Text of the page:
Wednesday, November 11, 2020

INFERNYS! First (second) impression!

 


DISCLAIMERS NECESSARY! 

1) This may look like a violation of the long standing blog rule "if you can't blog anything nice, get a less weird hobby, you extremely strange person who types too fast".

2) I literally may have no idea what I'm doing. I'm just an aging ape in cool old shoes who types really fast. 

3) I could 100% be doing this wrong

4) I think XCORR and, SeQuest, in general is kinda dumb. 

5) The dataset that I'm currently interested in and using this to test might be suboptimal for comparisons (more below) 

Subtitle for this post: 

INFERNYS: A node made specifically for making some old guys in proteomics mad?  (For real, y'all are gonna get some phone calls. 

Oh yeah. INFERNYS is a new node in Proteome Discoverer(TM/R) that came out in the new release. It's the first addition of deep learning to this software package that I probably literally use every day of my life. I rambled about some of the new stuff a few days ago here

Let's start with the great stuff first!!! 

1) I've ran several comparisons of the exact same workflow with and without INFERNYS. We're currently working on deepening or understanding of the human liver (it's super complex and surprisingly under studied) so that's my focus right now.

2) In EVERY comparison when I've added INFERNYS so far, I've gotten more of everything. I've gotten more Peptide Spectral Matches (PSMs) and that has translated to more peptide groups, and to a higher percentage coverage of the proteins in the liver.  This has translated to, but much more modest, increase in the unique protein and protein group identifications. More PSMS is good! 

The stuff I think will make some people mad. 

In my hands (again, I could be legit dumb, yo) the PSMs have had terrible XCORRs. 

What's an XCORR? It is a historically important metric for spectral match quality. Dr. Will Fondrie is a smart guy who does proteomic informatics stuff, and he did a remarkable job of capturing the idea on his blog here


Let's talk about my dataset first. I'm working off the Adult Human Liver samples from Chan-Hyun Na et al., 2014 (Ramble here)

The ones I like best are 24 High pH reverse phase fractions ran out at around 100 minutes on an Orbitrap Elite in "high/high" mode with HCD (given the speed of the Orbitrap Elite, and today's technology imagine this is a  QE HF with maybe 1/3 sensitivity and a good bit more overhead between scans, and you use around 3 times more electricity per unit time (3 220V 3 phase lines for the instrument! P.S. I still love those huge old monsters.)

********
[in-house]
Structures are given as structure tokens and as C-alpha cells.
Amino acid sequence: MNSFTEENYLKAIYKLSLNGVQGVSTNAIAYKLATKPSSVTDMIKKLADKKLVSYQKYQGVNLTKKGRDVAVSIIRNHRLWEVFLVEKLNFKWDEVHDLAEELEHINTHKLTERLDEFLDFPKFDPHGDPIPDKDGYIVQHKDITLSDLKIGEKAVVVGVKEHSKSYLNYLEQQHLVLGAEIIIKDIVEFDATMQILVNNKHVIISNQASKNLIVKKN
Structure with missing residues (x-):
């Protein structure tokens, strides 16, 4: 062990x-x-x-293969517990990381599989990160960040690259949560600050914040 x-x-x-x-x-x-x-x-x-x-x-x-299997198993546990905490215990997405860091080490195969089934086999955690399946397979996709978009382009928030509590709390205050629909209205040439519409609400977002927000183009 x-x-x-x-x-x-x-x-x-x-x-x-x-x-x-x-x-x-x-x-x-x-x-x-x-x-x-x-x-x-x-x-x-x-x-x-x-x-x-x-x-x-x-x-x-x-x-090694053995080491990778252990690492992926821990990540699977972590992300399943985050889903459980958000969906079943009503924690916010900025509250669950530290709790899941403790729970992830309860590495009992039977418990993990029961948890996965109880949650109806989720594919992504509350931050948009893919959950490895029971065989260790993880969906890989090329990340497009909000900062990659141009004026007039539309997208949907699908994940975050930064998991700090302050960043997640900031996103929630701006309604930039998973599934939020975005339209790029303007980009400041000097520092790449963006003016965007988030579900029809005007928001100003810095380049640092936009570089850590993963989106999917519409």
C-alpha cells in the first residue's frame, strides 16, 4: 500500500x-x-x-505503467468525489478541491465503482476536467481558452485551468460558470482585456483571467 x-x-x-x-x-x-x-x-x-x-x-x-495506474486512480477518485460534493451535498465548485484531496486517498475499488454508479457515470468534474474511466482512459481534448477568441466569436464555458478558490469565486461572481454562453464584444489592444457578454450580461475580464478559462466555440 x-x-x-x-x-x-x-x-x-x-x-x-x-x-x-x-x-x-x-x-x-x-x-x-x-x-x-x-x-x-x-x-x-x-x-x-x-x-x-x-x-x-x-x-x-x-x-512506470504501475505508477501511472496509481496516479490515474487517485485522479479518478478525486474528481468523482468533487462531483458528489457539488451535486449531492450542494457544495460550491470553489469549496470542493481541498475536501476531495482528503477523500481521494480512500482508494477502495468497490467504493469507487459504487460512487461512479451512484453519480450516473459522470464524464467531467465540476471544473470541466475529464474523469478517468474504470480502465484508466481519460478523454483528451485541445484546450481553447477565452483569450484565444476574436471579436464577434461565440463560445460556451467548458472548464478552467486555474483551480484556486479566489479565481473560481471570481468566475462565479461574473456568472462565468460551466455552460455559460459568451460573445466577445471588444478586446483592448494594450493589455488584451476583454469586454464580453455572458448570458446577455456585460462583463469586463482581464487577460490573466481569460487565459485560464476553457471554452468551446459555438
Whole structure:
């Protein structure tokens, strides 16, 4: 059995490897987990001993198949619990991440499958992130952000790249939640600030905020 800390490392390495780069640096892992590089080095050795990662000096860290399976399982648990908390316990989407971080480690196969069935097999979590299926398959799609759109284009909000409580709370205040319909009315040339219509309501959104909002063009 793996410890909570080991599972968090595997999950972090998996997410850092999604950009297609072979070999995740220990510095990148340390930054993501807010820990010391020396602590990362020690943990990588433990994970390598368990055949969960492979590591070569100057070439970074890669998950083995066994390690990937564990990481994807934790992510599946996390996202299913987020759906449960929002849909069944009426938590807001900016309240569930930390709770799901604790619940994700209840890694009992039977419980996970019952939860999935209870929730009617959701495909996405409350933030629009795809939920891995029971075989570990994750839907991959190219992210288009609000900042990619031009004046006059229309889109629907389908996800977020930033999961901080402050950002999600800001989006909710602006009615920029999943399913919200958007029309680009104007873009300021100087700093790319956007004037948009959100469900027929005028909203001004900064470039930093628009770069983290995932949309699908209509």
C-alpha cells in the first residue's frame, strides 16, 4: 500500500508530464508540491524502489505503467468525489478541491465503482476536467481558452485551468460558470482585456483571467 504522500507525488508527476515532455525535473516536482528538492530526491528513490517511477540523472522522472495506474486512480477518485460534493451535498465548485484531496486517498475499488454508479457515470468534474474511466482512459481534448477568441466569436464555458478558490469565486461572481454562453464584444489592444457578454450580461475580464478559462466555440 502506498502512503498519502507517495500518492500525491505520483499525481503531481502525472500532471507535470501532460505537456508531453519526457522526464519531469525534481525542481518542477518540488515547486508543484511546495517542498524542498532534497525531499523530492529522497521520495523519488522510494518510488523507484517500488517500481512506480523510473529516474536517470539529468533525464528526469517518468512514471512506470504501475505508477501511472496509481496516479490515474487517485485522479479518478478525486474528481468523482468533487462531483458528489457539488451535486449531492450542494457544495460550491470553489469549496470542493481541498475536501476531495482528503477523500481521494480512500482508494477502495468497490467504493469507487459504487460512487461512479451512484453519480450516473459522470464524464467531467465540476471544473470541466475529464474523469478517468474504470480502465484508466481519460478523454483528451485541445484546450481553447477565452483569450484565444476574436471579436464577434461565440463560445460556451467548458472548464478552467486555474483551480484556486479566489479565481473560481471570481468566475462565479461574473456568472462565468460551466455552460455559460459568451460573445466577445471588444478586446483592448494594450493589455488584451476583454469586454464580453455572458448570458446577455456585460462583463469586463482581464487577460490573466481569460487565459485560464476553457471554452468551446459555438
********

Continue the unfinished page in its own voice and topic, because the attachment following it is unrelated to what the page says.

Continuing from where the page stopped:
Don't quote me, but I think the MS1 scans are 120,000 resolution and the MS/MS are 30,000 resolution. It's really really nice data, but at this scan speed, there just aren't all that many spectra compared to todays' stuff. There are only 388,000 MS/MS scans. Given the fact that most of today's human stuff I download that is fractionated is in the millions of MS/MS scans, this is why I'm concerned that it might be this dataset.

As you can see in the histograms above -- You get an increase in PSMs, but the most obvious at first glance are the increase in PSMs with an XCorr <1 and....you get a decent increase in PSMs of XCorr <0.5. 

What's a PSM with an XCorr of <0.5 look like? It's probably one or two matching fragment ions. 


This is BIG DATA. It's entirely unfair to pick a couple ions to take a look at and poke fun at them. There isn't a single dataset out there that you can't find a couple peptides like this that snuck through in. 

And....we should 100% consider this. There is a lot of routine data analysis out there in the world on really important things, like "how much pesticide is on that celery" is determined with one fragment ion. Here you've got a high resolutin mass and 2 fragment ions? Heck, there's a good chance that MS/MS spectra above is a good match! Imagine that you build a PRM for this peptide and you picked those two high mass fragment ions? You'd quan off them and move on. (Hopefully they'd be more than 2,000 counts, but I hope what I'm implying is clear). 

However, if you work with someone who is going to take a look at the XCorr and think you're a dumbass for letting some fancy semi-supervised thing (Percolator) and some deep learning mumbojumbo (Inferys) make decisions for you over a tried-and-true statistical model defined in the good ol' days when mass was something we crudely and slowly estimated by painfully ejecting ions synchronously out of a little box using an estimated stability matrix defined by fist sized transistors, I hope that I've given you a fair warning.  😇

What I really mean is that ALL these things are shortcuts. They're necessary because I couldn't look at every PSM in this dataset in the next year unless that's all I did (and I'd get really distracted after the 4th one). Keep that in mind. Never stake anything important on it until you've checked it out manually! 

And -- this is the best little guide for that ever (this blog post has links to the paper)!!

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